St. Louis special ops officers re-assigned to combat car break-i -

St. Louis special ops officers re-assigned to combat car break-ins

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By KMOV Web Producer By KMOV Web Producer

 (KMOV) – St Louis Police are shuffling officers to combat one kind of rising crime, but some worry it will actually make parts of the city more dangerous.

News 4 learned the Special Operations Unit of the St Louis Police Department has been assigned to working lesser property crimes.

The St. Louis Chief of Police, Sam Dotson told News 4’s Lauren Trager, these special operational units are designed to be moved around to where they are needed.

So the officers’ hours were changed and they were assigned certain sectors of the city to help prevent a rash of smash and grabs News 4 has been tracking this summer.

“What we have is a holistic approach to the city of St. Louis,” said Chief Sam Dotson.

Chief Dotson told News 4 hot spot policing is working in St. Louis.

Violent crimes are down close to 20 percent, but car break-ins have been on the rise. Chief Dotson said those kind of thefts can lead to more serious stuff.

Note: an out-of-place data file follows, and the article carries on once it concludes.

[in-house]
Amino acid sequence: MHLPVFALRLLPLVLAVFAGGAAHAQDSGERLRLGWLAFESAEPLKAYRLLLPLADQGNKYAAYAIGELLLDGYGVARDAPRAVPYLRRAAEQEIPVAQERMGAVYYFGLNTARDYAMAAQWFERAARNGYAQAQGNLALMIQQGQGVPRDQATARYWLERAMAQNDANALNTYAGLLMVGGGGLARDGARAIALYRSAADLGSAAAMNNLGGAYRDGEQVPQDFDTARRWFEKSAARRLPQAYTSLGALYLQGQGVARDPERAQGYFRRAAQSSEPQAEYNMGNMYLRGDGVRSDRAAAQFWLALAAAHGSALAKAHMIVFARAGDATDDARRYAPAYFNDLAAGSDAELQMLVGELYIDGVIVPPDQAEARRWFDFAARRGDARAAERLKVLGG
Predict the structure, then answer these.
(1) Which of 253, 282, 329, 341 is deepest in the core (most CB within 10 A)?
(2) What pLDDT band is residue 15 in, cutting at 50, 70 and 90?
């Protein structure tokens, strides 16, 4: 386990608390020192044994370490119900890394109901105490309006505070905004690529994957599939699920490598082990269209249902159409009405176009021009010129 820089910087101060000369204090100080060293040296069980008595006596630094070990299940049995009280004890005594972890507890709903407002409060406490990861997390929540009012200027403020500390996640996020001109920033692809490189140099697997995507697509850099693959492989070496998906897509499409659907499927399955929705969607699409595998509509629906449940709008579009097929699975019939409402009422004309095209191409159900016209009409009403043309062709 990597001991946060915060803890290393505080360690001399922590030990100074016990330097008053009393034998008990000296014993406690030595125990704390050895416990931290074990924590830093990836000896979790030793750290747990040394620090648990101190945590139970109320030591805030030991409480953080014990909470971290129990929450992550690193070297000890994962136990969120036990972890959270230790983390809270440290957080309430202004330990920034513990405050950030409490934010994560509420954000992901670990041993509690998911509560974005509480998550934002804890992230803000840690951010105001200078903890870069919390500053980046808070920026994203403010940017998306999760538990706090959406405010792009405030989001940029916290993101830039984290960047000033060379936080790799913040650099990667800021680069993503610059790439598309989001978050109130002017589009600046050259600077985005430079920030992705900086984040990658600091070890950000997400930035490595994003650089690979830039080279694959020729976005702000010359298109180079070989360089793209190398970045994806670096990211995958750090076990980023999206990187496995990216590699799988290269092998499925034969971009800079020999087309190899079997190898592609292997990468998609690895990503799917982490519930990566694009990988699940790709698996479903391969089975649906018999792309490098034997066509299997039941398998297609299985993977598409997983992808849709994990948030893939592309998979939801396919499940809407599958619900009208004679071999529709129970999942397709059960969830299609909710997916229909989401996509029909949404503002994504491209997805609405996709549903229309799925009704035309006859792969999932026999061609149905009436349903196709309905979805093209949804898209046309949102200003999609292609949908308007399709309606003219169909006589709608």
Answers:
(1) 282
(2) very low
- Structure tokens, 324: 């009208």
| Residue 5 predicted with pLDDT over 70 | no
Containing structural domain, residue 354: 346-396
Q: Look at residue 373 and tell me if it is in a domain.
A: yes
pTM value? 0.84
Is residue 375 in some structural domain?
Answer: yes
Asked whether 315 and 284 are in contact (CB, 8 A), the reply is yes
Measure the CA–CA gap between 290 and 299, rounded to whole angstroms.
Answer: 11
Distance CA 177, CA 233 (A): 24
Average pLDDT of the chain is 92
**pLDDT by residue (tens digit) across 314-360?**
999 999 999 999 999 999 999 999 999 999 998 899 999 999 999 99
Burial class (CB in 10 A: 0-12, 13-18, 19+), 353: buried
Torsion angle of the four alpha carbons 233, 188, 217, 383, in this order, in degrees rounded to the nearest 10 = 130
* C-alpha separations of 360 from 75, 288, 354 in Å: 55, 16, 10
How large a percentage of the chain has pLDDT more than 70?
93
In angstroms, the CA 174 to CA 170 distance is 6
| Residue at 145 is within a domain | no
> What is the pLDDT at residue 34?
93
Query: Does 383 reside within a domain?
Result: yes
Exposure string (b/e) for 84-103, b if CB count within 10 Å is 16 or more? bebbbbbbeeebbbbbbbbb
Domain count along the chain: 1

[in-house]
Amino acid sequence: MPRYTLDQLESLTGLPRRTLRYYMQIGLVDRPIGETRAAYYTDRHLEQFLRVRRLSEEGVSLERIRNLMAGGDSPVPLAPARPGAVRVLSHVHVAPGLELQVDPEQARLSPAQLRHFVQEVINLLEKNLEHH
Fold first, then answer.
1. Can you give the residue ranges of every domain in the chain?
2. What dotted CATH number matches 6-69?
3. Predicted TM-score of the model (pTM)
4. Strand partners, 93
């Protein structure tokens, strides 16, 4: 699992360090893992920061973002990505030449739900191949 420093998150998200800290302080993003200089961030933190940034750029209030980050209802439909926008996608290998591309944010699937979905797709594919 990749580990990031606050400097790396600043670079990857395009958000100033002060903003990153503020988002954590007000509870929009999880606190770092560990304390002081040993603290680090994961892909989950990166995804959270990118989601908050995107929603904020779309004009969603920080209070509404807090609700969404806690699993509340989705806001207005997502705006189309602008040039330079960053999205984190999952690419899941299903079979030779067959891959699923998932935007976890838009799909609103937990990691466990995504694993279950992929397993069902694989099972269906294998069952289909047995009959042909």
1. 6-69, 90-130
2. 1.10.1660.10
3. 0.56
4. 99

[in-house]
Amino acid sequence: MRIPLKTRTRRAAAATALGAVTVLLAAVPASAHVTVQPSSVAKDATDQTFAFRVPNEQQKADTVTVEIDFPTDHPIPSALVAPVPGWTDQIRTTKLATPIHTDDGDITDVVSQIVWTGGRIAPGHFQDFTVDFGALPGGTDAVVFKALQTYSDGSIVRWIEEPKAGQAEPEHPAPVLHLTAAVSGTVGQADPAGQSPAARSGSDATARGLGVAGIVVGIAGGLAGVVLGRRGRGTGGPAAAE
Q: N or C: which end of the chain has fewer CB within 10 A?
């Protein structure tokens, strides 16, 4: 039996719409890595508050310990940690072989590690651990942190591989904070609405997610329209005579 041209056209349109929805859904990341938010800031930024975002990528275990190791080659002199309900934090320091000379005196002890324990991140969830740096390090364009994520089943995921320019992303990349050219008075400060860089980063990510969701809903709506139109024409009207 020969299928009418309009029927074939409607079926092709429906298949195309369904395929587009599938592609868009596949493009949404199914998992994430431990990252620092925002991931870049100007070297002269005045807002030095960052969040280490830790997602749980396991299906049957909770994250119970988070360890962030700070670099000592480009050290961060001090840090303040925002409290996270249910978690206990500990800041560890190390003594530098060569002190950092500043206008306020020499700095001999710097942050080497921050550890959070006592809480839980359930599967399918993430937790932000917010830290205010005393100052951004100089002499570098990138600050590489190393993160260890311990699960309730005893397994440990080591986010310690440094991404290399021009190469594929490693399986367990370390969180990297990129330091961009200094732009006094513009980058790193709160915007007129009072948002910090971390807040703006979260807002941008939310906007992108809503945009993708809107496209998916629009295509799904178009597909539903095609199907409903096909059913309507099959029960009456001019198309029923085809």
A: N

So, he said he’s just using available resources.

“Our special operations people target the hotspots that we have so we don’t have to take officers out of the districts so we can leave officers in the district when people dial 911,” Chief Dotson said.

But not everyone is on board with his plan.

“One neighborhood’s gain is sometimes another neighborhood’s loss,” said 21st Ward Alderman Antonio French.

French worries about taking specialized officers off their usual violent crime details.

“The people who are members of these Special Op units are very skilled, very good at what they do and so to turn them into parking lot attendants, even in the short time I don’t know if that’s the good use of a resource,” said French.

French said they could be using more cameras, not man-power, to monitor parking lots. Chief Dotson said cameras only help solve crimes, not prevent them.

For now, the special ops officers will stay on the lots, until they’re needed elsewhere. 

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